GoDaddy’s New Primer Theme Bypasses Theme Review Queue, Highlights Bottlenecks in Review Process

photo credit: pollas - cc
photo credit: pollascc

As part of its new onboarding experience for WordPress customers, GoDaddy has created a group of 10 themes to streamline the process of creating a business website. In order to host updates more effectively, the company is submitting the themes to WordPress.org and the first one is now live after less than 24 hours in the theme review queue.

Primer is the parent theme for nine upcoming child themes, which will be submitted to WordPress.org one at a time. Its controversial fast-tracking through the queue angered and frustrated WordPress theme authors who currently have theme submissions that have been waiting months for a review.

Samuel Wood, who works on WordPress.org but is not part of the Theme Review Team, explained in the ticket why he processed the theme outside of the queue.

“The special case here is that they needed to reuse an old name for assorted practical reasons, and it had to be live to allow the already created child themes to be added to the directory,” Wood said. He had to manually make the theme name available or GoDaddy would not have been able to submit it under this name. Wood had the theme reviewed first and the required changes took three weeks to finalize. After it was finished he was able to transfer it to use the Primer name.

“Timing was important because they made this one theme as a base for a dozen or so child themes, and are deploying this to all their WordPress installs, which is quite a lot,” Wood said. “We’d rather have them updating properly from our servers instead of having them create some wacky solution that updates it from theirs or from GitHub.”

The necessity for administrative intervention in this case, and the resulting frustration of other theme authors who have been waiting, once again highlights how painfully slow the theme review process can be. The long wait times discourage some authors from submitting themes to the official directory.

“I have three free themes on wp.org and one of the most demotivating things, while waiting to be approved, was the wait times,” WordPress.org theme author Tomas Petrašiūnas commented on the related post on the Advanced WordPress Facebook group. “Building a theme in a week and then waiting for a few months to even start the review process – that’s the exact reason why I’ve never bothered to get more themes approved on wp.org.”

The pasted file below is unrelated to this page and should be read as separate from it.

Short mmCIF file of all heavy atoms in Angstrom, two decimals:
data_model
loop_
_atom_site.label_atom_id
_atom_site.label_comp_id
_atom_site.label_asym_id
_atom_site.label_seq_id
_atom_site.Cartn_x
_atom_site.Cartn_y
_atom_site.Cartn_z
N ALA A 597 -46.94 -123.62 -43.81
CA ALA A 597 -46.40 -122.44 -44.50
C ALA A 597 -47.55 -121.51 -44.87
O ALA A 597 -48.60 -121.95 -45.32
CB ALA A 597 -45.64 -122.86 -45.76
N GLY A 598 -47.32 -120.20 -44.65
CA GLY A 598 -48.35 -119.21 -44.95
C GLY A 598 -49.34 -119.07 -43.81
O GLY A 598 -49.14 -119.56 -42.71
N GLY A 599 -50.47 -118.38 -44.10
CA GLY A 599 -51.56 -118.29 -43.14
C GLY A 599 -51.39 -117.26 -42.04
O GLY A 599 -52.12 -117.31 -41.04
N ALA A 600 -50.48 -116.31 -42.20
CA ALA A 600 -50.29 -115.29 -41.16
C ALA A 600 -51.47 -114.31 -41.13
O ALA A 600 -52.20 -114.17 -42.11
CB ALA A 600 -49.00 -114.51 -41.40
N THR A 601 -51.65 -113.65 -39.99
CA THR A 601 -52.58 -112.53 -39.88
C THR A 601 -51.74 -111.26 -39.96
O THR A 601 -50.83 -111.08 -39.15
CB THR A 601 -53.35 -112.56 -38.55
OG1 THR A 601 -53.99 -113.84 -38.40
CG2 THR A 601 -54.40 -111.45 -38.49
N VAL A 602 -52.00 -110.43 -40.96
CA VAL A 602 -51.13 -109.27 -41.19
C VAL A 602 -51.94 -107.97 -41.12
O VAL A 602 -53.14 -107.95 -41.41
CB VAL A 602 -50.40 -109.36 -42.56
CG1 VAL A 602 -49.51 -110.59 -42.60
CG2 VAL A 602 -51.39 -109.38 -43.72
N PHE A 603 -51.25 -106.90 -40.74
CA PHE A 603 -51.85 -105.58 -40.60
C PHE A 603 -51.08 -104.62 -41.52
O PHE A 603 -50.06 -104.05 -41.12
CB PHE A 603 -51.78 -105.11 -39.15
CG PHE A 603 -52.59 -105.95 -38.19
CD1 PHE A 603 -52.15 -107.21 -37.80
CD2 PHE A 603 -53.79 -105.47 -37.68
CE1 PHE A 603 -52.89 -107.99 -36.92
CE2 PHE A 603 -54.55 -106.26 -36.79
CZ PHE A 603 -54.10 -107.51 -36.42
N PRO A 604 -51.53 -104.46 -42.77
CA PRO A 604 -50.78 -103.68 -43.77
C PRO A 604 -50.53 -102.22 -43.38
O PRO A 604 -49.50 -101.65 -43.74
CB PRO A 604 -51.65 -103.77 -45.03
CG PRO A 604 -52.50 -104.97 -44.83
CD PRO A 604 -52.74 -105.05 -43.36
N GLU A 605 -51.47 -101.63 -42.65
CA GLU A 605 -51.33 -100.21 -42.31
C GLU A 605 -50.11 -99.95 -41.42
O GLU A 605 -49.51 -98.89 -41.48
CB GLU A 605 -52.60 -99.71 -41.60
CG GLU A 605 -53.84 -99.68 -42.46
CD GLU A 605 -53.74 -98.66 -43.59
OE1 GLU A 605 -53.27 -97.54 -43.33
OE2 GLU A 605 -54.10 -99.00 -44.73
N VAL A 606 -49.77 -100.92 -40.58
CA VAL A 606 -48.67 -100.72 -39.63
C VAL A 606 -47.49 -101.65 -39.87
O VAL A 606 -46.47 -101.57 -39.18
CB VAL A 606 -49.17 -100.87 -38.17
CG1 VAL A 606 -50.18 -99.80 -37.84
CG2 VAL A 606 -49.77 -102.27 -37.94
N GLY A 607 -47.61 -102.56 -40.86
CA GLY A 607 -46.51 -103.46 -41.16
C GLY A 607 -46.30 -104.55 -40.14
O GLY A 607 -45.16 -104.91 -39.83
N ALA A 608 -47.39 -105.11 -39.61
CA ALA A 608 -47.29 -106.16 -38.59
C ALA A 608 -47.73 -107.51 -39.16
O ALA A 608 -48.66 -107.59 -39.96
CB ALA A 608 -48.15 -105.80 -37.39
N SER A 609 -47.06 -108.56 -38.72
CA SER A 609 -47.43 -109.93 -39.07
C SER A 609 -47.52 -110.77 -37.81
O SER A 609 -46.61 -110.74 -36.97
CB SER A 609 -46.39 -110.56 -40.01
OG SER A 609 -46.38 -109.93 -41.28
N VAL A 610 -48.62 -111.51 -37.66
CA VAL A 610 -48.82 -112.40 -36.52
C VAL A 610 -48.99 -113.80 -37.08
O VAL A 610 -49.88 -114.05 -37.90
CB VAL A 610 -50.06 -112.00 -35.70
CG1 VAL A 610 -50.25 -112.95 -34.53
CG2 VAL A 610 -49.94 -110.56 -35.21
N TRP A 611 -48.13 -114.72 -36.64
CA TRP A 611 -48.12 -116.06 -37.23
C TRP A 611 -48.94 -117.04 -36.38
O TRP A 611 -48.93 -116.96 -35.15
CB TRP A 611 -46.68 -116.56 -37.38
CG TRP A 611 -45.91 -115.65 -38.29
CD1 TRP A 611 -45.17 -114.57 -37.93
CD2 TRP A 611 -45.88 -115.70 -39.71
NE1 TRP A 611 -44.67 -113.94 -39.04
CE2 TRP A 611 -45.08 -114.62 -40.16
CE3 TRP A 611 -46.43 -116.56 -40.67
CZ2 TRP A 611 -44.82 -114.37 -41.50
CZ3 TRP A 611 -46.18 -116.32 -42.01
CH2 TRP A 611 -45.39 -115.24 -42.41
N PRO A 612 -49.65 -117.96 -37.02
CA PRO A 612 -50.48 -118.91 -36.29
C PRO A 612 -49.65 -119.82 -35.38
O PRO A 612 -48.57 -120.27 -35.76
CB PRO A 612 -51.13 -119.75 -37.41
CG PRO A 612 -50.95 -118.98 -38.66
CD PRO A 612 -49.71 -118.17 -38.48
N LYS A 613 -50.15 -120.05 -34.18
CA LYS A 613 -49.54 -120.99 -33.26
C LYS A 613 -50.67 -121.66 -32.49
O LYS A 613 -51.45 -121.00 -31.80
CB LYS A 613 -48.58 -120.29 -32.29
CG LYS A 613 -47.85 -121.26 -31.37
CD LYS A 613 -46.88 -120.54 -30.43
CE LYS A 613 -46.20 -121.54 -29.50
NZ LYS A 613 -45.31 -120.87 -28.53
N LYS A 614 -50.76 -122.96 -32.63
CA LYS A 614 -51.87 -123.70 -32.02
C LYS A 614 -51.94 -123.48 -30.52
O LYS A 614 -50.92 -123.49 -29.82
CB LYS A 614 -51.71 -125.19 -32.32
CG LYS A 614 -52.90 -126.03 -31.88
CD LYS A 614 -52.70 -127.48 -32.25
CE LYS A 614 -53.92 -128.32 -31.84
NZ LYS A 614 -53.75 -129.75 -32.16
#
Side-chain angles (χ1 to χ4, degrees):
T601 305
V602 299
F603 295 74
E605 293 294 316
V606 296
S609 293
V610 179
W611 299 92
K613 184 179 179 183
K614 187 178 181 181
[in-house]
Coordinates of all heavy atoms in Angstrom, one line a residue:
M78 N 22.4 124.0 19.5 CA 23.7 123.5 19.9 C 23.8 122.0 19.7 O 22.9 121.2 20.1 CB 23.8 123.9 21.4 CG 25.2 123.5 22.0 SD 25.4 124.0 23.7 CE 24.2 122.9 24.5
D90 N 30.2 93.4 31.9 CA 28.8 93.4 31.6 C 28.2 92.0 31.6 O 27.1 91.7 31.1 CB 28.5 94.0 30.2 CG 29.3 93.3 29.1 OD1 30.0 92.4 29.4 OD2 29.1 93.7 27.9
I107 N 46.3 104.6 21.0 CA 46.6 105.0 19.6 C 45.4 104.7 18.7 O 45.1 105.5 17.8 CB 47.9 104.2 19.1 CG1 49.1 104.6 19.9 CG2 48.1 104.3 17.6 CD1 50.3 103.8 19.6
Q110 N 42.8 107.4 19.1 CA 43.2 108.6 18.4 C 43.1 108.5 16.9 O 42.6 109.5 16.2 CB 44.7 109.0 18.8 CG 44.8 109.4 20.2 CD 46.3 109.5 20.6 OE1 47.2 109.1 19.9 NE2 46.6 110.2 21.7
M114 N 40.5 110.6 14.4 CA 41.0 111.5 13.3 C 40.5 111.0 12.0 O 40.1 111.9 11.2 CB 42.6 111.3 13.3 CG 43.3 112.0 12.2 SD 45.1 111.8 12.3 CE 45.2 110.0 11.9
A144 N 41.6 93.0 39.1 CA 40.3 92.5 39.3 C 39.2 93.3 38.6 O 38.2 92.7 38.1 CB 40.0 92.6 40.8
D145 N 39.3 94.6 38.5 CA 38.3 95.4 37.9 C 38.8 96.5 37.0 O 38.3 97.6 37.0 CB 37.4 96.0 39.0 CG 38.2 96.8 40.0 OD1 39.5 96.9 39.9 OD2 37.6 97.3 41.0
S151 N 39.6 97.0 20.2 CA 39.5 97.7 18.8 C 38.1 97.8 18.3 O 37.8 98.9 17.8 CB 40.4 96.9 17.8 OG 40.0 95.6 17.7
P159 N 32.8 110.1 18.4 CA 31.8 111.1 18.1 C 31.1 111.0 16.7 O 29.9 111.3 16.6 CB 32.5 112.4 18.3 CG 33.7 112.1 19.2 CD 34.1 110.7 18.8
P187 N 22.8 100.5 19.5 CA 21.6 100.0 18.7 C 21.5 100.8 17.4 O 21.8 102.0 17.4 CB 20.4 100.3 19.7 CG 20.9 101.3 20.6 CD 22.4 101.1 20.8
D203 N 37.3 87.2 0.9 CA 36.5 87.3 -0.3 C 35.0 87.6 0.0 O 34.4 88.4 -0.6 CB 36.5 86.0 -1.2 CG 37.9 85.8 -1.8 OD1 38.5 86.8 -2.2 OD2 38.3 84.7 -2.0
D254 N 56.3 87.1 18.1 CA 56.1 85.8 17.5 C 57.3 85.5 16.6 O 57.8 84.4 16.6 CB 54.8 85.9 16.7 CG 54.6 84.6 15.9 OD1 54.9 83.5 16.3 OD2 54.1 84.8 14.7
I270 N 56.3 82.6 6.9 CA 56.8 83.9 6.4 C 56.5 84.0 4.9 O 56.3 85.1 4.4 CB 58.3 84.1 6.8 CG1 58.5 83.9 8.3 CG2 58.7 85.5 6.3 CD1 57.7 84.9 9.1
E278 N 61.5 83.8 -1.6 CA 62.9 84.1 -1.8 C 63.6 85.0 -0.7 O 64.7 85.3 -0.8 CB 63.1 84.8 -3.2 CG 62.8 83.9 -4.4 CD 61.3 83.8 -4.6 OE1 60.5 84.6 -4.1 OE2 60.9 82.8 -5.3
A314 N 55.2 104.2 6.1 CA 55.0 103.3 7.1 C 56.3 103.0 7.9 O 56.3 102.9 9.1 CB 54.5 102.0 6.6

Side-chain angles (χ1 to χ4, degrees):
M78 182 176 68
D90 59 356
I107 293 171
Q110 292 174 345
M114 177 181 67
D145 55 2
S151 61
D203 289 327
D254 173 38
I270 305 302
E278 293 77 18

Chris Bavota, author of the popular Arcade theme, said he “submitted three themes in February and [is] still waiting on approvals and reviews.”

The WordPress.org theme and plugin directories have historically been protected from commercial interests receiving any special treatment, but exceptions like this one made it difficult for other waiting theme authors not to see GoDaddy’s major sponsorship of WordCamps as the reason for getting a theme fast-tracked.

“As someone who has been waiting months for a simple child theme review and who has been a WordCamp sponsor, this sucks big time,” Stiofan O’Connor commented.

Incomplete Theme Submissions are Slowing the Review Queue

Samuel Wood identified the Primer theme situation as a special case and encouraged theme authors and reviewers who were frustrated to explore new ways of managing the queue. At this time there are more than 600 themes in the queue, an improvement from the 900+ that were waiting a month ago.

Key reviewer Emil Uzelac said one of the main issues that slows the process is incomplete theme submissions, which includes themes that present with more than five errors. Sometimes themes languish in the queue and by the time they are reviewed they haven’t been updated to meet newer requirements. Others include common mistakes like missing translation functions or prefixes, or including custom versions of scripts that are already included with WordPress.

To mitigate this Uzelac said the team has implemented some new policies which he says have helped reduce the queue over the past month.

“We are actually limiting submissions to one theme per author now, and if the theme has five or more distinct issues, we close it as not-approved,” Uzelac said. “It has been working very well. Once we are around 100-150 this will go much faster.” He estimates it will take a few months to get there.

The Theme Review Team is also working on improving automation for routine tasks. Due to the architectural shortcomings of the Theme Check plugin, the team is looking to PHP_CodeSniffer to create a better solution. They are working to add a new WordPress-Theme coding standard to the existing WordPress Coding Standards project, and contributors are building a list of sniffs that pertain to theme review requirements.

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